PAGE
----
Wednesday, May 28, 2008

Church Of Julian Of Norwich


Mother Julian's Shrine

"The Cell now a chapel the place where Mother Julian wrote down her Revelations of Divine Love"

We should desire to regard our Lord
with wondering reverence
rather than fear,
loving God gently and trusting
with all we are capable of.
For when we regard God with awe
and love God gently
our trust is never in vain.
The more we trust,
and the more powerful this trust,
the more we please and praise
our Lord whom we trust in.
Without this,
we cannot please God.


On the main page of the website is a video of a Benediction service. It's short and includes lovely singing by the choir. It brings back memories from my childhood in the Roman Catholic Church, when the Benediction service sometimes followed the celebration of the Mass.


St. Julian, Bishop of Le Mans

Mother Julian probably took her name from St. Julian of Le Mans.

The site is wonderful for exploring. It includes a biography of Mother Julian with the little information that is known about her life and also a brief history of the period in which she lived.

From the Church of Julian of Norwich.

Julian's words are from Meditations With Julian of Norwich by Brendan Doyle.

Thanks to Lapin for the link.

UPDATE: Kishnevi has found the original words of Julian in my quote. Doyle seems to have abridged the original somewhat.

And thus we shall in love be homley and nere to God, and we shall in drede
be gentil and curtes to God, and both alike evyn. Desir we of our Lord God to
dredin Him reverently and to love Him mekely and to trosten in Him mytyly.
For whan we drede Him reverently and loven Him mekely our troste is never in
vaine; for the more that we trosten, and the mytylier, the more we plesyn and
worshippe our Lord that we trosten in. And if us feile this reverent drede and
meke love (as God forbode we should), our trost shall sone be misrulid for the
tyme. And therefore us nedith mekil for to prayen our Lord of grace that we may
have this reverent drede and meke love, of his gift, in herte and in werke, for
withouten this no man may plesyn God.


Kishnevi has also published the original and his own translation into modern English at his website.

14 comments:

  1. Thank you again.
    The Shewings is available online:
    http://www.lib.rochester.edu/camelot/teams/crampton.htm

    The text is split into three parts. The link to part II is at the end of part I, and the link to part III is at the end of part II.

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  2. Kishnevi, it's an interesting website, but not the easiest to navigate. I'll go back when I have more time. I'd like to find the passage I quoted in the original language.

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  3. I found this:

    But Jesus, that in this vision enformid me of all that me nedyth, answerid by
    this word, and seyd: Synne is behovabil, but al shal be wel, and al shal be wel, and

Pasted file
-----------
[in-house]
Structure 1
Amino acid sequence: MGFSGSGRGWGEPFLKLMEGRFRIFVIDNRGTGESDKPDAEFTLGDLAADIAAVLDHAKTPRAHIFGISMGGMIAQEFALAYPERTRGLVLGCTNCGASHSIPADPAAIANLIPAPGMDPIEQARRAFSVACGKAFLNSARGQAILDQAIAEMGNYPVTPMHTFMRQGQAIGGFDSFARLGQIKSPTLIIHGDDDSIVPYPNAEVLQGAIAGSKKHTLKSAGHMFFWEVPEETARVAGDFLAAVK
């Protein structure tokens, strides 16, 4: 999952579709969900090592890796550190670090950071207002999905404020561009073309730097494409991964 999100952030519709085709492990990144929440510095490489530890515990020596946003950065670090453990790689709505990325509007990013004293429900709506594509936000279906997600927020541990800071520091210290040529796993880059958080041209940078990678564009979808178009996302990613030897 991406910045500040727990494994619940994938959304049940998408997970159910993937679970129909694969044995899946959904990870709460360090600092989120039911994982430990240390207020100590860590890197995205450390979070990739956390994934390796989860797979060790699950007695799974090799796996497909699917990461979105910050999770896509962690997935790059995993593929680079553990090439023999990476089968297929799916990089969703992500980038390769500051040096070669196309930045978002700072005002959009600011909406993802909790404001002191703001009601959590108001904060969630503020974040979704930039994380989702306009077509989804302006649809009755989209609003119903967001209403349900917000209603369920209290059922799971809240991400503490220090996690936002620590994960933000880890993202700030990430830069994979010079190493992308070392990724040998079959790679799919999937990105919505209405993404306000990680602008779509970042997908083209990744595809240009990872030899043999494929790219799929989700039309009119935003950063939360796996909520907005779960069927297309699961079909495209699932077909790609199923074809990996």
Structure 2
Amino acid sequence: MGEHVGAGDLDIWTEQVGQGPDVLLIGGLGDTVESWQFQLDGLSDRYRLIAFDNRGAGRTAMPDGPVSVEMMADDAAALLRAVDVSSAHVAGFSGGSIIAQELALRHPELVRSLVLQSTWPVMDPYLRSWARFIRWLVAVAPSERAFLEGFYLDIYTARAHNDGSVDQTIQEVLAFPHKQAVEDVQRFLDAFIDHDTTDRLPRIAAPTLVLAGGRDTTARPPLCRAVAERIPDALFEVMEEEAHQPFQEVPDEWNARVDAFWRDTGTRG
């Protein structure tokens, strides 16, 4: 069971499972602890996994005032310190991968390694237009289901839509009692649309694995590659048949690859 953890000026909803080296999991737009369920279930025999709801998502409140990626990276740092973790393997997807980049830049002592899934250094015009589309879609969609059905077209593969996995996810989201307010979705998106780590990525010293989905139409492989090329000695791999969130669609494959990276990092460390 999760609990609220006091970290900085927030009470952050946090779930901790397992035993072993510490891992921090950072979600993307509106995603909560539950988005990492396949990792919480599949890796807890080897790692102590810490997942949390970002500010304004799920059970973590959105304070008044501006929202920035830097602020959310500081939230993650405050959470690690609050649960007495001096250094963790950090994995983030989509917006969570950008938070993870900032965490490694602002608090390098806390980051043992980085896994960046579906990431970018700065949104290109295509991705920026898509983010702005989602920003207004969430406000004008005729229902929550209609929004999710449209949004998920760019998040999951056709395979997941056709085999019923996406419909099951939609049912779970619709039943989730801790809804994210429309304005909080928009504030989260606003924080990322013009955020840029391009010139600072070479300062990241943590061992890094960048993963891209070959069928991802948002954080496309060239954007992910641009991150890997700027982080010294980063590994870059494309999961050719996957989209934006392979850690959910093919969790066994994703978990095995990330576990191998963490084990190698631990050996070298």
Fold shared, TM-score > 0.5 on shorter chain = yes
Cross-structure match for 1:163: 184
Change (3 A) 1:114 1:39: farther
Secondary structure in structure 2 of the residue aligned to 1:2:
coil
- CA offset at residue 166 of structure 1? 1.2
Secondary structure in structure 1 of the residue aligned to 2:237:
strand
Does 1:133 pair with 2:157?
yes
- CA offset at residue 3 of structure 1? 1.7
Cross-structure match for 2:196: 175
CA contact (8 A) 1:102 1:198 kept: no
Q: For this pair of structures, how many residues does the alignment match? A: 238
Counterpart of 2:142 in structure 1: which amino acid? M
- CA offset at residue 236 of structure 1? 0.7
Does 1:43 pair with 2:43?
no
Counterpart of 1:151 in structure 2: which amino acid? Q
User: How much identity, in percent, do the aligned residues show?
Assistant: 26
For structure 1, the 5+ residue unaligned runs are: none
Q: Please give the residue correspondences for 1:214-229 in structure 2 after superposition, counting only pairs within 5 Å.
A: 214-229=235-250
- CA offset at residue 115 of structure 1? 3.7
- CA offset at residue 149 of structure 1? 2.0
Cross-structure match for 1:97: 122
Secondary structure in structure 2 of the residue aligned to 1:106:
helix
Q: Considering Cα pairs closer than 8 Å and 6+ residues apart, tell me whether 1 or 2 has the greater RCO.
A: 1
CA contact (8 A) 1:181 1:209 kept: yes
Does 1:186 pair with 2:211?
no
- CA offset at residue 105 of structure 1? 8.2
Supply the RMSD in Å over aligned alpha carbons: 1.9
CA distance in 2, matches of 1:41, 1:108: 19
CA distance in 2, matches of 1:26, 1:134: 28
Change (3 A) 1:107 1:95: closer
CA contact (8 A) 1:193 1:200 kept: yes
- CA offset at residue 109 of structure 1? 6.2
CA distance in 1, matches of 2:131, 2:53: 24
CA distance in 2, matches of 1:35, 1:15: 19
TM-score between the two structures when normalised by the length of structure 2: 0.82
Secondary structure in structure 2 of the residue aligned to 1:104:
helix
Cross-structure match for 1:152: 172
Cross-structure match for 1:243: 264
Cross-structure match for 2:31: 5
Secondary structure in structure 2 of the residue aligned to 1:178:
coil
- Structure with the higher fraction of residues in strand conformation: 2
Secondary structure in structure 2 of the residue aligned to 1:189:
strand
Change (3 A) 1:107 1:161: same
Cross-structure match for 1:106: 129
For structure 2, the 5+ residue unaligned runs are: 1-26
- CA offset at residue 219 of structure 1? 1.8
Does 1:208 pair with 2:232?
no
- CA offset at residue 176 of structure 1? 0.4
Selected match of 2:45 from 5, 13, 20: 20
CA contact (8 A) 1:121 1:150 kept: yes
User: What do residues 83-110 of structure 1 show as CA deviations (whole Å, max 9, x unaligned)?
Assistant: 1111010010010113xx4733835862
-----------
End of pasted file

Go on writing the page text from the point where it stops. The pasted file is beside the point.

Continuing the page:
al manner of thyng shal be wele.

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  4. A heart-warming post, Grandmere, and a link to a place where I once visited long before its refurbishment. Mother Julian is one of my stronger spiritual "influences" and it is always refreshing to see and hear that her life, prayers and writing continues to shape those of others.

    Indeed: Al shal be wel!

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  5. RR, I'd love to visit. I wonder if perhaps her cell was over-refurbished.

    Al shal be wel!

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  6. Thanks, Mimi. Dame Julian is special (and not just because I was born on her feast day). I appreciate your honoring her with this post.

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  7. I like the prayer or poem you quoted. My husband just bought a book of her writings, partially because i shared the posts about her that I found here and at the Mercy Blog.

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  8. Just from in my little book of excerpts from her writings, I found a treasury of choices. She is fervent in her desire to bring us to full realization of how much God loves us and that, truly, all shall be well, if we but trust.

    I love her writings.

    Paul, how blessed you are to share a birthday with Julian.

    Ruth, what a lovely and thoughtful gift from your husband.

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  9. Found it. Chapter 74, at the end.
    And thus we shall in love be homley and nere to God, and we shall in drede
    be gentil and curtes to God, and both alike evyn. Desir we of our Lord God to
    dredin Him reverently and to love Him mekely and to trosten in Him mytyly.
    For whan we drede Him reverently and loven Him mekely our troste is never in
    vaine; for the more that we trosten, and the mytylier, the more we plesyn and
    worshippe our Lord that we trosten in. And if us feile this reverent drede and
    meke love (as God forbode we should), our trost shall sone be misrulid for the
    tyme. And therefore us nedith mekil for to prayen our Lord of grace that we may
    have this reverent drede and meke love, of his gift, in herte and in werke, for
    withouten this no man may plesyn God.

    ReplyDelete
  10. realized after posting that last comment there passage you have is slightly abridged. So I've posted the ME text and my own rendering into modern language at my blog.
    http://kishnevi.wordpress.com/2008/05/29/a-passage-from-julian-of-norwich-for-grandmere-mimi/

    ReplyDelete
  11. This is so beautiful - thank you.

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  12. Kishnevi, I love you for finding this for me.

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  13. A votre plaisir, Madame.
    (Takes off plumed hat to make sweeping bow with appropriate courtly flourishes)

    ReplyDelete

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